Culinary Excellence Elevated By Technology
Founded by four MIT graduates with a vision to reinvent fast casual dining, and led by the culinary talent of Michelin-starred Chef Daniel Boulud and Sam Benson, Spyce offers wholesome and delicious meals (at $7.50) in three minutes or less.
At this restaurant, a robotic chef prepares the meals pic.twitter.com/vdXZS28M44
— Mashable (@mashable) December 20, 2018
At Spyce, we’ve created the world’s first restaurant featuring a robotic kitchen that cooks complex meals. We created this concept in hopes of solving a problem we found ourselves facing, being priced out of wholesome and delicious food. Along the way, we’ve been lucky enough to add in some Michelin-Star magic with Chef Daniel Boulud. We’re excited to introduce you to Spyce, open to the world at 241 Washington Street in Boston.
CULINARY EXCELLENCE, ELEVATED BY TECHNOLOGY.
With $21M in fresh funding, the robots are coming — to a kitchen near you
Spyce, the world’s first restaurant manned by a robotic kitchen, raised a $21 million Series A round on Monday. The funding, which was led by Collaborative Fund and Maveron, will be used to open “a number” of robotic restaurants on the East Coast and double Spyce’s employee headcount over the next year. Spyce currently employs nine people in Boston.
Founded by four MIT grads in 2015, Spyce opened its first restaurant in downtown Boston in May 2018. The “Spyce boys” say they’ve pioneered a new way of creating nutritional, customizable bowls through the use of their robotic kitchen, which cooks complex meals to order — then cleans up the mess after.
The four men had the idea for the startup when they were tired, hungry collegiate water polo players who wanted a healthy fast-food option that didn’t cost an arm and a leg. So they put their engineering brains together and Spyce was born.
Their bowls, which start at $7.50, feature healthy, filling foods like brussel sprouts, sweet potatoes, brown rice, roasted chicken and beans.
— TicToc by Bloomberg (@tictoc) January 30, 2019
The robotic kitchen features seven cooking woks, all heated efficiently via induction — a technology invented by Nicola Tesla. Each meal takes about three minutes to make, start to finish.
Existing investor Khosla Ventures and esteemed chefs like Thomas Keller, Jerome Bocuse and Gavin Kaysen also participated in the most recent financing.
“Spyce piqued my interest with their hospitality-first approach,” said Chef Gavin Kaysen of Spoon and Stable and Bellecour in a statement. “Their use of innovative technology and engineering to deliver a consistent, reliable product is driven by the desire to best service their guests, which is what motivates me every day as a chef.”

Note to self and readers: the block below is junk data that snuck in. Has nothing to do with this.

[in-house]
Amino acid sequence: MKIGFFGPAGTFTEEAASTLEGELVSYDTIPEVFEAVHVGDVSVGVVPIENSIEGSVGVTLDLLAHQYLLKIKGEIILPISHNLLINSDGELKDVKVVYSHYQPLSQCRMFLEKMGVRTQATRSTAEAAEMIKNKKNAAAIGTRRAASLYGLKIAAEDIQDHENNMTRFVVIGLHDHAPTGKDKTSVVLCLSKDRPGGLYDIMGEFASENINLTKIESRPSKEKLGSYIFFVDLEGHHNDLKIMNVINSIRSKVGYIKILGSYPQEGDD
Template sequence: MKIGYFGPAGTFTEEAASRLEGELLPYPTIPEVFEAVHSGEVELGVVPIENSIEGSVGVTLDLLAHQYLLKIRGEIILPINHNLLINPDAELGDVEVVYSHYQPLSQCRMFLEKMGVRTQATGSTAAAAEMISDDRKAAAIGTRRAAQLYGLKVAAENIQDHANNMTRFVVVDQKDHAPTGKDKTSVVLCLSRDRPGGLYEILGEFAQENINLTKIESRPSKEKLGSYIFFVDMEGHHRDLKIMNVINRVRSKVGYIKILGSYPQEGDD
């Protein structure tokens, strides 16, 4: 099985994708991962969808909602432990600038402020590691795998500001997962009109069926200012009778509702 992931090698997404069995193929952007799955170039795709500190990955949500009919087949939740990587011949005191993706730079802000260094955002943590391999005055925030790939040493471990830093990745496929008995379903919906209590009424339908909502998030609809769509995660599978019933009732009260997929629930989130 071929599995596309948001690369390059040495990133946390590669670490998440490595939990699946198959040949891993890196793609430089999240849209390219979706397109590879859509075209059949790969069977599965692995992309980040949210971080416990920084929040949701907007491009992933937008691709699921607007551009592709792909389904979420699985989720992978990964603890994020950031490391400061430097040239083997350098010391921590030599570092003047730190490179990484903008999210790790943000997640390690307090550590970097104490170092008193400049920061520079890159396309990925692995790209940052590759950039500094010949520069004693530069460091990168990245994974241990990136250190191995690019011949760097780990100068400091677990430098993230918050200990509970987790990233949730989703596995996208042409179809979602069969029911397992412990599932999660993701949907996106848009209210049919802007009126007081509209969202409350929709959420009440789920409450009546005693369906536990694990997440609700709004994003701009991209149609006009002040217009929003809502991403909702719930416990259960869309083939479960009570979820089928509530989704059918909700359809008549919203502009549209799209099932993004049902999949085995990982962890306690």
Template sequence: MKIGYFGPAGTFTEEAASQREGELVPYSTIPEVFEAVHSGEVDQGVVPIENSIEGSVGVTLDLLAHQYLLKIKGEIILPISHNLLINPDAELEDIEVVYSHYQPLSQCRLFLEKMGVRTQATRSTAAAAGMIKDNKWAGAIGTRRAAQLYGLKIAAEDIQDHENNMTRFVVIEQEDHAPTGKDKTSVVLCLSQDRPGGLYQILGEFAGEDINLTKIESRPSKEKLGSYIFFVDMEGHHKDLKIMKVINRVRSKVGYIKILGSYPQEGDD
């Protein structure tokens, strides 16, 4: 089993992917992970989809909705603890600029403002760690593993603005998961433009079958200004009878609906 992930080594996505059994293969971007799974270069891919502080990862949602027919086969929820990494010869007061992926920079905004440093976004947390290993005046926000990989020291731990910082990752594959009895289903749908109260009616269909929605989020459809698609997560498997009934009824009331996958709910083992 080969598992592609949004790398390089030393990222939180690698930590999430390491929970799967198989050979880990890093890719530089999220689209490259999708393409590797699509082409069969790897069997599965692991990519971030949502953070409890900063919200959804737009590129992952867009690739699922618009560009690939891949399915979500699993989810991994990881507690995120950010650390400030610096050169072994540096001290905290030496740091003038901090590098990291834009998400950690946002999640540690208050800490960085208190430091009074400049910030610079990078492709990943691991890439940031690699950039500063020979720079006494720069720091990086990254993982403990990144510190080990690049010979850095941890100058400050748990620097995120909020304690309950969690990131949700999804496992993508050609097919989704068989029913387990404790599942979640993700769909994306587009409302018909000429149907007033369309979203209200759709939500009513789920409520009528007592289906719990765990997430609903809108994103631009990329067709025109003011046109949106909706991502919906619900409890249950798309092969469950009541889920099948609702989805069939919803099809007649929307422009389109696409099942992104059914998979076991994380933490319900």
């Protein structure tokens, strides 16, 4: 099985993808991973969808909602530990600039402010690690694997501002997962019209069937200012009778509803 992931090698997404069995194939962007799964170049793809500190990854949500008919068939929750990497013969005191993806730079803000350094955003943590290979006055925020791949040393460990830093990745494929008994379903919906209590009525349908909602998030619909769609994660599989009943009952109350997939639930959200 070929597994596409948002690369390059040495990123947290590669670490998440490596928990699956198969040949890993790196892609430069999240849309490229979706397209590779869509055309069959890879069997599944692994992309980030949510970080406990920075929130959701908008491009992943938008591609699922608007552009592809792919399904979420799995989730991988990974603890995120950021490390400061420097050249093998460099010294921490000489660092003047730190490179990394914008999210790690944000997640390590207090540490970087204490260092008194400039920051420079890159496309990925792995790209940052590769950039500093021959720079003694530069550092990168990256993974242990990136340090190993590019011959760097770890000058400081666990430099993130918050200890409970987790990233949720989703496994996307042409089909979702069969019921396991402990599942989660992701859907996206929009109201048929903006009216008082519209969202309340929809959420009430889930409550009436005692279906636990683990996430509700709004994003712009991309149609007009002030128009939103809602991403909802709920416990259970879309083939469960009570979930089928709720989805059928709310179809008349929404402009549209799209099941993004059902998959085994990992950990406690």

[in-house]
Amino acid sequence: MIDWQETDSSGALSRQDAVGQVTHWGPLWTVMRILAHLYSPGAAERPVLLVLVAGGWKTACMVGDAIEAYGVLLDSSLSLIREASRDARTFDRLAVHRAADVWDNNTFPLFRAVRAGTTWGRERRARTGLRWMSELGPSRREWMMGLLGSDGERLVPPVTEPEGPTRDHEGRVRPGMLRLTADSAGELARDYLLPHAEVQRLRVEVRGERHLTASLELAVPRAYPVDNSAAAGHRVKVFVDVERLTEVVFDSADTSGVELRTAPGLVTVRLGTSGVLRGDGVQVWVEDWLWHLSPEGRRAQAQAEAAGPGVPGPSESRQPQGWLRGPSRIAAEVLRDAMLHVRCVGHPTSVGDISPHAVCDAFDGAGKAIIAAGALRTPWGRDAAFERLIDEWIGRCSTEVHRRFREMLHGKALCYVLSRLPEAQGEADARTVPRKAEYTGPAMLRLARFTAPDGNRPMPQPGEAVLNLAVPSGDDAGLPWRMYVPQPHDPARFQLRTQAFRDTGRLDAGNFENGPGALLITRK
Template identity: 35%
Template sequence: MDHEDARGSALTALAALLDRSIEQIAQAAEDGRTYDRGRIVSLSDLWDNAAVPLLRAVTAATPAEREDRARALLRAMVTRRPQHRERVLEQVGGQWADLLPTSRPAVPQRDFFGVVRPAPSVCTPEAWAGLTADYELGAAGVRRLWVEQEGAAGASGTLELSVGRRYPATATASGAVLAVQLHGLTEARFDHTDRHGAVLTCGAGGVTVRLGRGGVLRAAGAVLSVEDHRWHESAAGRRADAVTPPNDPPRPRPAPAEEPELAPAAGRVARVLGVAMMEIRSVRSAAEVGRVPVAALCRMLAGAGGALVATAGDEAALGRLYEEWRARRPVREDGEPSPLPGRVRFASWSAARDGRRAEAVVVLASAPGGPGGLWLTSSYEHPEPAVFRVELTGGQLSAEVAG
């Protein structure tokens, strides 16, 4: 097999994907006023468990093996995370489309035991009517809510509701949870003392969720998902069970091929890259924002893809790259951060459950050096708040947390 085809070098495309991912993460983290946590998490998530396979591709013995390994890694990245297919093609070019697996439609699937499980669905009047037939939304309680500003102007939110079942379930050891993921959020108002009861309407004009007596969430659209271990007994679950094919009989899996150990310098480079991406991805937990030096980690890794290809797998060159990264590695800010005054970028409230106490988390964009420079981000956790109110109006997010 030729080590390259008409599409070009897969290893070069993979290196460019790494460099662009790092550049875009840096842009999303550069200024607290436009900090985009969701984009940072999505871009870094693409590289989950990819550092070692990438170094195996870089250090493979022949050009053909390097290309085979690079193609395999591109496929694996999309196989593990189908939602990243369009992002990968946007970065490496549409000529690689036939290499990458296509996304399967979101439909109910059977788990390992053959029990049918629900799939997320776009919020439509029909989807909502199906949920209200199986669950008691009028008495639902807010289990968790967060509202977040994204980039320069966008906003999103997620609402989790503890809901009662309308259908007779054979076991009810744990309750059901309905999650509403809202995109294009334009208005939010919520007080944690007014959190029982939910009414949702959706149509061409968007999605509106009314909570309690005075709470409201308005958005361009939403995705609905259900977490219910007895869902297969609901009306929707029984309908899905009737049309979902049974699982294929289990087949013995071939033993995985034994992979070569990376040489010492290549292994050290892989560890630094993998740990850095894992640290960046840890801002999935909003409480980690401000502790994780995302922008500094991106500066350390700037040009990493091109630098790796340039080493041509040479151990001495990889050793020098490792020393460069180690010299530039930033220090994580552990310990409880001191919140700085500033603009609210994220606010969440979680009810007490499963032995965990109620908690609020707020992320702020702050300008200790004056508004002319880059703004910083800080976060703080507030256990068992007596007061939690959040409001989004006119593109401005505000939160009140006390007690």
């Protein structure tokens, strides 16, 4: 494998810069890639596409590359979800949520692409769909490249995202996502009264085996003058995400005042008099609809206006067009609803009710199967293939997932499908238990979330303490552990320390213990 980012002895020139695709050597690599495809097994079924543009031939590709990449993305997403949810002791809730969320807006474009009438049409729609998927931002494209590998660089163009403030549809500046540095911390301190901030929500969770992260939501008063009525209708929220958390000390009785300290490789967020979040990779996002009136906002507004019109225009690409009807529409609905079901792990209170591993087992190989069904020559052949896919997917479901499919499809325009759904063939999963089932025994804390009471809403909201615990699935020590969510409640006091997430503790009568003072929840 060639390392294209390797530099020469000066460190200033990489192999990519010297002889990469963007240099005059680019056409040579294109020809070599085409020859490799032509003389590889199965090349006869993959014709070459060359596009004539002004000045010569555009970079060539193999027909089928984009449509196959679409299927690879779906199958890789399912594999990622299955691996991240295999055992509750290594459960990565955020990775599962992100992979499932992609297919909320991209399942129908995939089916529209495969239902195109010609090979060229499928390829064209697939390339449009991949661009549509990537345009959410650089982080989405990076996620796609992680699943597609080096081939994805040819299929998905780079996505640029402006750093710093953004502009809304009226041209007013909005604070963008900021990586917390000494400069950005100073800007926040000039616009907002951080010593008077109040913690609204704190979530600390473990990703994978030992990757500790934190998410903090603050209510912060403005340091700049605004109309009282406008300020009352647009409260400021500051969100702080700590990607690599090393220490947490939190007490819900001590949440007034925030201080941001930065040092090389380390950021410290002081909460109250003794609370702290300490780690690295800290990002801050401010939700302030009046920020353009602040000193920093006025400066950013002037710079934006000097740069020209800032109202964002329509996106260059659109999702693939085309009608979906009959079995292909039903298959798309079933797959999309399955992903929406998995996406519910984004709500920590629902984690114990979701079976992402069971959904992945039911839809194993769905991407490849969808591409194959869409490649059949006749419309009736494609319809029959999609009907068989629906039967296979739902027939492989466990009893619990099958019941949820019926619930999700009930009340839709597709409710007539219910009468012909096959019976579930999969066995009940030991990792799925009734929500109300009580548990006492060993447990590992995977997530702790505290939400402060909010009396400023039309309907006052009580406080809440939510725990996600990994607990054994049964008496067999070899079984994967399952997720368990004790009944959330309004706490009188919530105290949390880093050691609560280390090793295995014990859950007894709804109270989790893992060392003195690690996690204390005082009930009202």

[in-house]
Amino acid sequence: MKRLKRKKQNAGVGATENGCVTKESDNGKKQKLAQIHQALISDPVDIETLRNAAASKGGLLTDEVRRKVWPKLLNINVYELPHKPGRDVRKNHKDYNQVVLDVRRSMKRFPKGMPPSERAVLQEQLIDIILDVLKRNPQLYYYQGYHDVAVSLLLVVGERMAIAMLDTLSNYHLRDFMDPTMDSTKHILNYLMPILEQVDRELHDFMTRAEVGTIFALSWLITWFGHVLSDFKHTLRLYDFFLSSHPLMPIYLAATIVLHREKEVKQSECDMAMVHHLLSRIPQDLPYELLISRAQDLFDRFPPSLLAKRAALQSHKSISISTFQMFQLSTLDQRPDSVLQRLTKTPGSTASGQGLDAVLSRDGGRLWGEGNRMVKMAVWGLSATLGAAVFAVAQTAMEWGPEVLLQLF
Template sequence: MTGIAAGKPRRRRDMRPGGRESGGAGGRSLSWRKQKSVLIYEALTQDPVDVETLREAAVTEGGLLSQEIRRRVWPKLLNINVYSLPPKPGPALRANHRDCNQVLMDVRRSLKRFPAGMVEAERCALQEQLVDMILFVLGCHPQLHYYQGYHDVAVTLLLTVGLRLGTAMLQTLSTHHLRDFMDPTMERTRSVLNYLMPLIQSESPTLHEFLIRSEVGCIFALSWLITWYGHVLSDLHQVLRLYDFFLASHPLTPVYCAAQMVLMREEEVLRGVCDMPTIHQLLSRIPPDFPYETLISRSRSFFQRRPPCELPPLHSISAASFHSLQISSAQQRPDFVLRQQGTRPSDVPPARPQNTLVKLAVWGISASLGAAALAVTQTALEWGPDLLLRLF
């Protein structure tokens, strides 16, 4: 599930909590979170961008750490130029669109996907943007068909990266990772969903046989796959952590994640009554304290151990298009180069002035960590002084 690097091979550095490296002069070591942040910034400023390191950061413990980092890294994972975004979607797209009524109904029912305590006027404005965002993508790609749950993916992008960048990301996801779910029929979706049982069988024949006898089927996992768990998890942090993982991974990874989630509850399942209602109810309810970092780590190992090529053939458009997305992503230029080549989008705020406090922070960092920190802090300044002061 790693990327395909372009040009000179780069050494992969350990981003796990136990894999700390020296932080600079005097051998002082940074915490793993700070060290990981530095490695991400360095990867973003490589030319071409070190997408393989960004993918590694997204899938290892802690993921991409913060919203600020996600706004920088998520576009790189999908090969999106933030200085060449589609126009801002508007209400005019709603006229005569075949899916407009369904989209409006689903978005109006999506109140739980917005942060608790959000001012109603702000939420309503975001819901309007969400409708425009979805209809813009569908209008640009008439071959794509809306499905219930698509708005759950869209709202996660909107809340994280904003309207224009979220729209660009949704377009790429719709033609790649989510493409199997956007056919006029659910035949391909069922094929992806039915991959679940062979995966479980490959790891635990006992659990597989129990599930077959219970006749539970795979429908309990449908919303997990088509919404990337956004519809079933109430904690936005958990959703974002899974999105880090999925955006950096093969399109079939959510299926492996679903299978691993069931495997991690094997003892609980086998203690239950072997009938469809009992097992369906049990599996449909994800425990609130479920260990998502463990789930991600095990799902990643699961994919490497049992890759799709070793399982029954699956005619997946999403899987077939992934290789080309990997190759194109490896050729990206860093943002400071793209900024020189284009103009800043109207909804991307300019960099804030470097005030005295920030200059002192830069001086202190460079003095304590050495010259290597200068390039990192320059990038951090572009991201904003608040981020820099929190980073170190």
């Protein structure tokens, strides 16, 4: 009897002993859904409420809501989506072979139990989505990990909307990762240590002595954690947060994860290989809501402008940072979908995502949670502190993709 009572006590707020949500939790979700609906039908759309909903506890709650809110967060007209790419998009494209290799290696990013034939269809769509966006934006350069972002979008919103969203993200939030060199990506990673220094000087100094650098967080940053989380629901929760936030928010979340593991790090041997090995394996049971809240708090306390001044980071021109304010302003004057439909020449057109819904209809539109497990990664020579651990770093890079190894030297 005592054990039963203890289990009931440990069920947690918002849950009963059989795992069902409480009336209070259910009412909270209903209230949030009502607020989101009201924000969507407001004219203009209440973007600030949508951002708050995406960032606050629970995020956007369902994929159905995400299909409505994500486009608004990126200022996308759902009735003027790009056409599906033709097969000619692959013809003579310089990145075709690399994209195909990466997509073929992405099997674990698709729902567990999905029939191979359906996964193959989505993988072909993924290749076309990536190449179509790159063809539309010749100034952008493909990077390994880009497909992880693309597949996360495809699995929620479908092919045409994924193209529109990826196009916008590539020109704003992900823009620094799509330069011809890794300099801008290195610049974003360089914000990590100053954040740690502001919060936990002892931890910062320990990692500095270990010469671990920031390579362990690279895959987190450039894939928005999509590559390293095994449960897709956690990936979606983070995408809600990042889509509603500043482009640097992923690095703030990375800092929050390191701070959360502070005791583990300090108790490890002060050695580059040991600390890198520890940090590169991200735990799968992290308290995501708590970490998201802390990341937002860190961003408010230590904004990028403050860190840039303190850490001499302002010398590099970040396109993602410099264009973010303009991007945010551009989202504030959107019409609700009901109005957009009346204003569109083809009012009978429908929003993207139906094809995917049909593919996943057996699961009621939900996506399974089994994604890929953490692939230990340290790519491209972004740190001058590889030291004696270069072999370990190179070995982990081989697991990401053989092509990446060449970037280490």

If you still feel weird about robots cooking you lunch, rest assured: the robotic kitchen is certified by the NSF (National Sanitation Foundation), and cleans and sanitizes the cooking woks after every meal.
The kitchen is programmed to monitor cooking, refrigeration and water temperatures, and all components in the refrigerator that come into contact with food are regularly removed and cleaned by the Spyce crew.
“The robotic kitchen makes healthy bowls more accessible to all people,” said Vinod Khosla, founder of Khosla Ventures in a statement. “With the technology married with a strong consumer experience and brand, they are reinventing the way restaurants are typically operated. We are excited to bring this food brand to more people in the U.S. and beyond.”
Its Yelp reviews are pretty good, if you’re wondering how’s the food itself. To note, Michelin-starred chef Daniel Boulud serves as Spyce’s culinary director. But if you’re not quite the kale and beans kind of person, seeing the restaurant’s whirring, spinning robotic woks in action might be worth the visit. Spyce runs an open kitchen, and the show is definitely part of the experience. “It’s fun to see what’s going on behind the scenes,” co-founder Brady Knight said, “We didn’t want to hide anything because we think what we made is pretty cool.”
So, will the robots mean people lose their jobs?
The short answer is “No”. As cool as this Spyce robotic restaurant sounds, robots aren’t quite capable of doing actual food prep and making bowls look presentable. The restaurant still employs human workers at a commissary kitchen where ingredients are chopped and prepared; on site, there are two garnish employees to add the finishing touch. So, although robots could eventually take all our jobs, Spyce’s founders didn’t invent a machine that can put all restaurant employees out of work right now.